But the bank isn't just laying blame on the two executives alone. Today's massive report from the bank's board, based on months of internal investigation, says that the structure and culture of the bank made it prime territory for such fraud.

SCOTUS to Decide If U.S. Corporations Can Be Liable for Overseas Terrorism

Arab Bank in New York thought it couldn't be held liable for customers overseas -- even those who were known terrorists.

After all, the U.S. Supreme Court had ruled that liability presumptively does not reach corporations in America for human rights violations committed in other countries. Moreover, the U.S. Second Circuit Court of Appeals had thrown out the cases against Arab Bank based on that ruling.

But that was then, and this is now.

"[T]his case presents the issue in as gripping a context as this Court is likely to see: proven corporate financing of terrorism, partly from a perch in the United States that was indispensable to the terrorist scheme," the petitioners said in urging the Supreme Court to hear Jesner v. Arab Bank.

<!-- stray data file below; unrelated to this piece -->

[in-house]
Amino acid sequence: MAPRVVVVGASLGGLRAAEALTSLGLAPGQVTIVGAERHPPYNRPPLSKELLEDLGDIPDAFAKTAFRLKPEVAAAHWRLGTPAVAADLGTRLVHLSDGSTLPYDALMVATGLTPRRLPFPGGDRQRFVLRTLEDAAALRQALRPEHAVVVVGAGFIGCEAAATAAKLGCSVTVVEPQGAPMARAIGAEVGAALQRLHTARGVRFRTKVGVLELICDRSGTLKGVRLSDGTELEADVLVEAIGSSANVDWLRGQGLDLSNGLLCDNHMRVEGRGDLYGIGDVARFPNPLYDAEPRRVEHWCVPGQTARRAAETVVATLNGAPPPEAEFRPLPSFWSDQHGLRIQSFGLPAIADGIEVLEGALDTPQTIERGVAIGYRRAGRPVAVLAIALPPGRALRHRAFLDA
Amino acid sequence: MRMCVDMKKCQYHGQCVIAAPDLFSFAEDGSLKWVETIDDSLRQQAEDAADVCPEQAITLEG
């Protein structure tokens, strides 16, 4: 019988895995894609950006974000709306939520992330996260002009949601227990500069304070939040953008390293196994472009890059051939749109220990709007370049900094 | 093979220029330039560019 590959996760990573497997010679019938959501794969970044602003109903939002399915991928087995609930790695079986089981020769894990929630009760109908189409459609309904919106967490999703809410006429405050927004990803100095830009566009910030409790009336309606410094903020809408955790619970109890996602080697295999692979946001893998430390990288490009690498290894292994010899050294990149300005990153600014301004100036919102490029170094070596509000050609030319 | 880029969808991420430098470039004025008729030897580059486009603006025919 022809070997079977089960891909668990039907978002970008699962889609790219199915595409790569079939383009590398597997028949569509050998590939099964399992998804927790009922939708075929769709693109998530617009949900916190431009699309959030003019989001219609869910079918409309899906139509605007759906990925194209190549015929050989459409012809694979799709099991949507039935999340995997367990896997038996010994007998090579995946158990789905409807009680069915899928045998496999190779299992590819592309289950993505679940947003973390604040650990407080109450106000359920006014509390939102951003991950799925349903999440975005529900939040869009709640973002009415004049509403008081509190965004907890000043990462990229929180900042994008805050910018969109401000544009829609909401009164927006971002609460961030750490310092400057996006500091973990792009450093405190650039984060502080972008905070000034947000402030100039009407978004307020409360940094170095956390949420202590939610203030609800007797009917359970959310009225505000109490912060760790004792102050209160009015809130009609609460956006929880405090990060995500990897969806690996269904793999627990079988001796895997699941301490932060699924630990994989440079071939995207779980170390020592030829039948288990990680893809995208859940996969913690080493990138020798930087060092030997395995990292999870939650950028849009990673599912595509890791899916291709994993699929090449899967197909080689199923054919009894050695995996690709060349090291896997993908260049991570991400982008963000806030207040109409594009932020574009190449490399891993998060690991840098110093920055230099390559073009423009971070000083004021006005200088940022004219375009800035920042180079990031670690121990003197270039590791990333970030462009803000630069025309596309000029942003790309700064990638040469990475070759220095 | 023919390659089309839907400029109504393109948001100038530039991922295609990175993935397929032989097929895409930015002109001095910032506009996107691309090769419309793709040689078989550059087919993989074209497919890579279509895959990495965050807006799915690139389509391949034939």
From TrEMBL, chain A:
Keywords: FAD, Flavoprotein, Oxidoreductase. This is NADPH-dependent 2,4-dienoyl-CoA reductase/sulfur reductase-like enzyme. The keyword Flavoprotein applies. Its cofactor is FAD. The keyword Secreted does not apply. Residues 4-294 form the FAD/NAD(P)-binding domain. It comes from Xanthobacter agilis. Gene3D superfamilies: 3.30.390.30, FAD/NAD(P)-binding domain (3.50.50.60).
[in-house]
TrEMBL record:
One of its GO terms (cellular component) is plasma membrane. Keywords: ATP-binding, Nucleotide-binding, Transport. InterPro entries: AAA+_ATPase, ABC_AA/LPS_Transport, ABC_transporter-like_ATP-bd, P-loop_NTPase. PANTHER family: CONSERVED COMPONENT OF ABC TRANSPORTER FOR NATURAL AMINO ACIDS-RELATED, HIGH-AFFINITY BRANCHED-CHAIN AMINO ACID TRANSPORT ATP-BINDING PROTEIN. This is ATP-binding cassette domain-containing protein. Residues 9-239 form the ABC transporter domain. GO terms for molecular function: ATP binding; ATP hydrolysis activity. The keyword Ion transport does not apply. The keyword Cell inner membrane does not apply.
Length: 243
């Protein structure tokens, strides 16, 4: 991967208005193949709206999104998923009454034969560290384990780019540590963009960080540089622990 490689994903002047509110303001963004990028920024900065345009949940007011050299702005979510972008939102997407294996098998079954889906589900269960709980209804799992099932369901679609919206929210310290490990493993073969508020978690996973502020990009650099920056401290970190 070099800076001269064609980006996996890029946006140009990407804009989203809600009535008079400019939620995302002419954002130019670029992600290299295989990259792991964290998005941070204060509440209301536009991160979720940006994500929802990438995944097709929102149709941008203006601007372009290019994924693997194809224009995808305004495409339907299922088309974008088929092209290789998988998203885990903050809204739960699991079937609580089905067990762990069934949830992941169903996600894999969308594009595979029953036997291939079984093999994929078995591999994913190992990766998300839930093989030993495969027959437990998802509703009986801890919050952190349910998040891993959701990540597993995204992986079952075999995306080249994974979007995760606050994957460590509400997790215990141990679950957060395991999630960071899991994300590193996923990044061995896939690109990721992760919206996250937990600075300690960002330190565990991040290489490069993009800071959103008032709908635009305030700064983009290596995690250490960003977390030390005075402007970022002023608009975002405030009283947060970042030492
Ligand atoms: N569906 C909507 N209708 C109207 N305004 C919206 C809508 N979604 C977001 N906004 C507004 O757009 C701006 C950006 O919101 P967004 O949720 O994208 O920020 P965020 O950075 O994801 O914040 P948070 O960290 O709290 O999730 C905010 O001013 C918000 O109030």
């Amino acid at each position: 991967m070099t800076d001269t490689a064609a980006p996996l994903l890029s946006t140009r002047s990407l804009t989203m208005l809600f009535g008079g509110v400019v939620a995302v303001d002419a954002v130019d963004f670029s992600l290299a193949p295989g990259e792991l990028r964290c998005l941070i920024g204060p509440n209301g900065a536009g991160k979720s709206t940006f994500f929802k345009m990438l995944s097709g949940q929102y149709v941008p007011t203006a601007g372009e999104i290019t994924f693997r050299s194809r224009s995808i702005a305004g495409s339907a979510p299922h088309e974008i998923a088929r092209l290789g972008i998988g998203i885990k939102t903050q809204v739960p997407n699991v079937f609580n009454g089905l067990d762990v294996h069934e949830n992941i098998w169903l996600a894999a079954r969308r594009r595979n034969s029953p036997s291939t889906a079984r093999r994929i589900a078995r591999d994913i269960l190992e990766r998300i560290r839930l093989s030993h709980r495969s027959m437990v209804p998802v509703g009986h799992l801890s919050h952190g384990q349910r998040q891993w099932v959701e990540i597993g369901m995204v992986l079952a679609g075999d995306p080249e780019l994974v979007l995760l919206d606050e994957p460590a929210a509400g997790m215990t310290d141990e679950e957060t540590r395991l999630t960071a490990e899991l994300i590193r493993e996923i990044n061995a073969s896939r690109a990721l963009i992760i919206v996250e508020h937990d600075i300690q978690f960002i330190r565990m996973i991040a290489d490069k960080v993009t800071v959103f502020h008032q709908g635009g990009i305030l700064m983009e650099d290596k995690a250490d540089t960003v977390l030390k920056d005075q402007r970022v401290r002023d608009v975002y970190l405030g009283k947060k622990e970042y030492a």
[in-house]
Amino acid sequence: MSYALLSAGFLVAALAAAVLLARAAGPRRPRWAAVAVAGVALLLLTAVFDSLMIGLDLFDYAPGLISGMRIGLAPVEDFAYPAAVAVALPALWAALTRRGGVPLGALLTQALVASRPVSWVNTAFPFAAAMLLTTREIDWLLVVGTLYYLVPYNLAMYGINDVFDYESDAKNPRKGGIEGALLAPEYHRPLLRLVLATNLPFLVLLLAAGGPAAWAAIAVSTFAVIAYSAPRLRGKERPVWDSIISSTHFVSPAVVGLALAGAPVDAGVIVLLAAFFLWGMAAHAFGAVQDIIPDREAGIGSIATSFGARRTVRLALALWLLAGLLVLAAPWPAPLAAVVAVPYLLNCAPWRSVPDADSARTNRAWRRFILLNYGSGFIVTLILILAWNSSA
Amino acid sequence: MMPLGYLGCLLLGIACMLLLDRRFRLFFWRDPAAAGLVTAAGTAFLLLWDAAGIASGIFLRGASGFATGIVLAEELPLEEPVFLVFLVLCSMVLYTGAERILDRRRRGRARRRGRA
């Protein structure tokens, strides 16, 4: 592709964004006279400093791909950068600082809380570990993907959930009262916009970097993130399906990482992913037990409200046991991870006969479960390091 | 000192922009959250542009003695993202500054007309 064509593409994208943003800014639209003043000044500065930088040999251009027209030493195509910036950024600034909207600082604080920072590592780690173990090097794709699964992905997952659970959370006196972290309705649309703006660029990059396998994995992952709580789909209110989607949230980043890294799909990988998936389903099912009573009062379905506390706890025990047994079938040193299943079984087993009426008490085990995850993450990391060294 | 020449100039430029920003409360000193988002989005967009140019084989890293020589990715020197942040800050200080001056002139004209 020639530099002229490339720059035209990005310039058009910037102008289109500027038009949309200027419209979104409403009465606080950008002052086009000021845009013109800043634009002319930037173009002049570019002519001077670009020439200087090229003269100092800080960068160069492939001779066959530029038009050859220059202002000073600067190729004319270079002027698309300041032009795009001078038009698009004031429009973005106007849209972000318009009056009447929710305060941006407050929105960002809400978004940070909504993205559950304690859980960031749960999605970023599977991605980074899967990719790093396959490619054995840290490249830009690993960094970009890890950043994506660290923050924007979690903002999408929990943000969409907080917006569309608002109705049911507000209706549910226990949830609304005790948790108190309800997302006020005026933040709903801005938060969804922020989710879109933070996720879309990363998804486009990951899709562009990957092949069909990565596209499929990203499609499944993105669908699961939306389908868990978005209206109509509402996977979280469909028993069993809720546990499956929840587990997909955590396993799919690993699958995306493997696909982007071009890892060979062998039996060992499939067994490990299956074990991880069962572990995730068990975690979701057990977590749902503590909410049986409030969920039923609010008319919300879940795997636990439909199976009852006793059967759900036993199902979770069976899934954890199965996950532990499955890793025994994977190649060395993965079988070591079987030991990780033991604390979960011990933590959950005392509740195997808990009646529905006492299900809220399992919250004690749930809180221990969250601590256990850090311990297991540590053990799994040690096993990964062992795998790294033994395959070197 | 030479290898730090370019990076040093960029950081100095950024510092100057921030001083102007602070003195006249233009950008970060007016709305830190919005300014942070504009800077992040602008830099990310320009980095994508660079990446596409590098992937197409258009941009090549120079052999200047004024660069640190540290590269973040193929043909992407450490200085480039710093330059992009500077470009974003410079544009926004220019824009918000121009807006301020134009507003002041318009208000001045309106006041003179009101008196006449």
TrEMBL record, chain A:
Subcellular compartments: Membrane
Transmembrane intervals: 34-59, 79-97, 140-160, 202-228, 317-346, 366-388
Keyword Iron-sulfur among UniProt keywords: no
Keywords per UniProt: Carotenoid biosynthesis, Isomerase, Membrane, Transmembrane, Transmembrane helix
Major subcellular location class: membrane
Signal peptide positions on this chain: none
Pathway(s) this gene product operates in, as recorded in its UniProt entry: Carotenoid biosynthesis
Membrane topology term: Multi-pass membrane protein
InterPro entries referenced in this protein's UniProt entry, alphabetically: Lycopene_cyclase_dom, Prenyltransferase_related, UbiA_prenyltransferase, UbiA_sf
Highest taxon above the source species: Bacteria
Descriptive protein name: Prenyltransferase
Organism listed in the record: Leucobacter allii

Yahoo Names New General Counsel, Arthur Chong

Yahoo has named Arthur Chong to replace Ronald Bell, who resigned as general counsel after a report that the company's legal team failed to properly investigate a huge data breach disclosed last year.

That data breach of 500 million Yahoo accounts contributed to a $350 million discount in Verizon's offer to purchase the company's internet business. It also resulted in federal indictments against two Russian spies and mercenary hackers.

As Yahoo prepares for the transition with Verizon, Chong will have his work cut out for him.

Meet the New General Counsel at Pinterest

Pinterest has hired as new general counsel Christine Flores, who had been working as Google's vice president of legal.

Flores worked for Google 10 years and led several corporate teams, including mergers and acquisitions, securities and corporate governance, real estate, and ethics and compliance. At Pinterest, she will lead the company's legal and public policy teams.

"Christine is a proven leader with a decade of experience in corporate law, and has tackled some of the most challenging projects in the business world -- from the Alphabet reorganization to large international acquisitions and investments," Pinterest cofounder and CEO Ben Silbermann said in a statement.